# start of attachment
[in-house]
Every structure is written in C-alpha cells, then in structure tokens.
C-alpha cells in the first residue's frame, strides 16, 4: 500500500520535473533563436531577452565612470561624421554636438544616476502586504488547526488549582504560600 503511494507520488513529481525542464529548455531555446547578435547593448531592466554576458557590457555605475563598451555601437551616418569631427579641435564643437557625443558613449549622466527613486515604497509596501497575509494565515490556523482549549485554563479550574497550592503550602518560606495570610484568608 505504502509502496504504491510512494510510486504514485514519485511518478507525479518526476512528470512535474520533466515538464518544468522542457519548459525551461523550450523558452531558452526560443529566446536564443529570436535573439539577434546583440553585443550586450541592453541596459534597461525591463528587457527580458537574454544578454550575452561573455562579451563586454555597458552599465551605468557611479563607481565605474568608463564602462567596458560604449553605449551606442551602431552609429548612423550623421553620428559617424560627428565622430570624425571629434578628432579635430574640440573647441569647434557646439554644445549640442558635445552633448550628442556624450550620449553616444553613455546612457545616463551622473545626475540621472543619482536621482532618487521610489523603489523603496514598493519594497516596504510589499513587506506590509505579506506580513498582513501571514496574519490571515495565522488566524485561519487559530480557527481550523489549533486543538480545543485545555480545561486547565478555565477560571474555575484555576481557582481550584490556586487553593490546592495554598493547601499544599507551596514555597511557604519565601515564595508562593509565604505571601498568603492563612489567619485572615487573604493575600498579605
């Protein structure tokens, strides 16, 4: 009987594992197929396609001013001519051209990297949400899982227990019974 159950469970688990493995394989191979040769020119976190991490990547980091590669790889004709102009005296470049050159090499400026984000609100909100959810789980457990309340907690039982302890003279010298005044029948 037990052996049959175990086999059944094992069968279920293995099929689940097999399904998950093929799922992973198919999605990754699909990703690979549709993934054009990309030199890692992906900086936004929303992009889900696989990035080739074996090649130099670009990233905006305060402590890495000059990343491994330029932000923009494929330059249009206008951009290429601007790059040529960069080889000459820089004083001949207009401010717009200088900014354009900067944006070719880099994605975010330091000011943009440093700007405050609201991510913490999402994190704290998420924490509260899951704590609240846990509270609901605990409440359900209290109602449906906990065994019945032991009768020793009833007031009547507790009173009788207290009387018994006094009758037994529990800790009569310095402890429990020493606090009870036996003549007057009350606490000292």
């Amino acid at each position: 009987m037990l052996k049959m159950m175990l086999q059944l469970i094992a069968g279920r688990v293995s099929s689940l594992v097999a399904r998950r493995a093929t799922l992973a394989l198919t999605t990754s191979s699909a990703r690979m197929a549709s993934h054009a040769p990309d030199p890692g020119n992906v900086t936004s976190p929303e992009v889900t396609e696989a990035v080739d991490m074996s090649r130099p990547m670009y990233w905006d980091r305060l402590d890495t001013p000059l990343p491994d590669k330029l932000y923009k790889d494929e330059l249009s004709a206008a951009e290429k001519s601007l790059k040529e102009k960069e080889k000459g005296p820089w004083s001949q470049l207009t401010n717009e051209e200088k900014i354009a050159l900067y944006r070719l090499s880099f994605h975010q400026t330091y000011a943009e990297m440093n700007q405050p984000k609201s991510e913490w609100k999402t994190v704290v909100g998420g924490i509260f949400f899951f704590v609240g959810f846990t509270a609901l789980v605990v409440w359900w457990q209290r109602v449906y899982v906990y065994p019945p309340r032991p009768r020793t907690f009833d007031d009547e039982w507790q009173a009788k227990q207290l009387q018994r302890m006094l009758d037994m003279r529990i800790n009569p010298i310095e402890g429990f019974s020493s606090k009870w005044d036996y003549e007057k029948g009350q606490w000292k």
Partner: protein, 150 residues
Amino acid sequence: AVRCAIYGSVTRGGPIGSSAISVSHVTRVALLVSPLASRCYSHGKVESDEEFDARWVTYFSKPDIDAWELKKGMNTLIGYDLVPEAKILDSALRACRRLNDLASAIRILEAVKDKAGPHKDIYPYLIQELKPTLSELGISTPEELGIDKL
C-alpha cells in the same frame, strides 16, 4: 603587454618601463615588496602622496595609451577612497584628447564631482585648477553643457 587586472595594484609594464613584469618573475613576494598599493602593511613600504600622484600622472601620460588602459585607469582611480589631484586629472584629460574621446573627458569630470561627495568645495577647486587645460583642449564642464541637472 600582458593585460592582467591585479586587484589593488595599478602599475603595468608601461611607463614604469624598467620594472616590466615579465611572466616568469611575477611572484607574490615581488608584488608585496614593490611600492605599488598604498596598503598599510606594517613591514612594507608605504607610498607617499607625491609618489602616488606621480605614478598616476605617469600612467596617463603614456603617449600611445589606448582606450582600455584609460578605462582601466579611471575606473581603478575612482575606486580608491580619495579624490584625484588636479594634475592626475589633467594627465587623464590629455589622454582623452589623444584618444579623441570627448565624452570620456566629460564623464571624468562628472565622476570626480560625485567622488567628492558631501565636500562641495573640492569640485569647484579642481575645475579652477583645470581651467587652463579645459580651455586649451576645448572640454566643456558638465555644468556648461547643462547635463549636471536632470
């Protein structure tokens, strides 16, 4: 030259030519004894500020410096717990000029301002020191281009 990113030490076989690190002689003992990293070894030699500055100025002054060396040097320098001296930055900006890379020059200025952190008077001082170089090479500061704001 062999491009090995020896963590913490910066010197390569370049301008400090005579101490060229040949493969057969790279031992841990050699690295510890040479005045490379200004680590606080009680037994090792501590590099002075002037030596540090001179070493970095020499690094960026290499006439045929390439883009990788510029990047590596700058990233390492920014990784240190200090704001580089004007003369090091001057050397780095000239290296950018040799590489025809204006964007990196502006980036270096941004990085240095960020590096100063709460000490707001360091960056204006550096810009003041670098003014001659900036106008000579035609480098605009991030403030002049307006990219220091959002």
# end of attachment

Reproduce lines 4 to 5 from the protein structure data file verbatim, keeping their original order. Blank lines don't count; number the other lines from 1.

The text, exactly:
């Protein structure tokens, strides 16, 4: 009987594992197929396609001013001519051209990297949400899982227990019974 159950469970688990493995394989191979040769020119976190991490990547980091590669790889004709102009005296470049050159090499400026984000609100909100959810789980457990309340907690039982302890003279010298005044029948 037990052996049959175990086999059944094992069968279920293995099929689940097999399904998950093929799922992973198919999605990754699909990703690979549709993934054009990309030199890692992906900086936004929303992009889900696989990035080739074996090649130099670009990233905006305060402590890495000059990343491994330029932000923009494929330059249009206008951009290429601007790059040529960069080889000459820089004083001949207009401010717009200088900014354009900067944006070719880099994605975010330091000011943009440093700007405050609201991510913490999402994190704290998420924490509260899951704590609240846990509270609901605990409440359900209290109602449906906990065994019945032991009768020793009833007031009547507790009173009788207290009387018994006094009758037994529990800790009569310095402890429990020493606090009870036996003549007057009350606490000292």
């Amino acid at each position: 009987m037990l052996k049959m159950m175990l086999q059944l469970i094992a069968g279920r688990v293995s099929s689940l594992v097999a399904r998950r493995a093929t799922l992973a394989l198919t999605t990754s191979s699909a990703r690979m197929a549709s993934h054009a040769p990309d030199p890692g020119n992906v900086t936004s976190p929303e992009v889900t396609e696989a990035v080739d991490m074996s090649r130099p990547m670009y990233w905006d980091r305060l402590d890495t001013p000059l990343p491994d590669k330029l932000y923009k790889d494929e330059l249009s004709a206008a951009e290429k001519s601007l790059k040529e102009k960069e080889k000459g005296p820089w004083s001949q470049l207009t401010n717009e051209e200088k900014i354009a050159l900067y944006r070719l090499s880099f994605h975010q400026t330091y000011a943009e990297m440093n700007q405050p984000k609201s991510e913490w609100k999402t994190v704290v909100g998420g924490i509260f949400f899951f704590v609240g959810f846990t509270a609901l789980v605990v409440w359900w457990q209290r109602v449906y899982v906990y065994p019945p309340r032991p009768r020793t907690f009833d007031d009547e039982w507790q009173a009788k227990q207290l009387q018994r302890m006094l009758d037994m003279r529990i800790n009569p010298i310095e402890g429990f019974s020493s606090k009870w005044d036996y003549e007057k029948g009350q606490w000292k």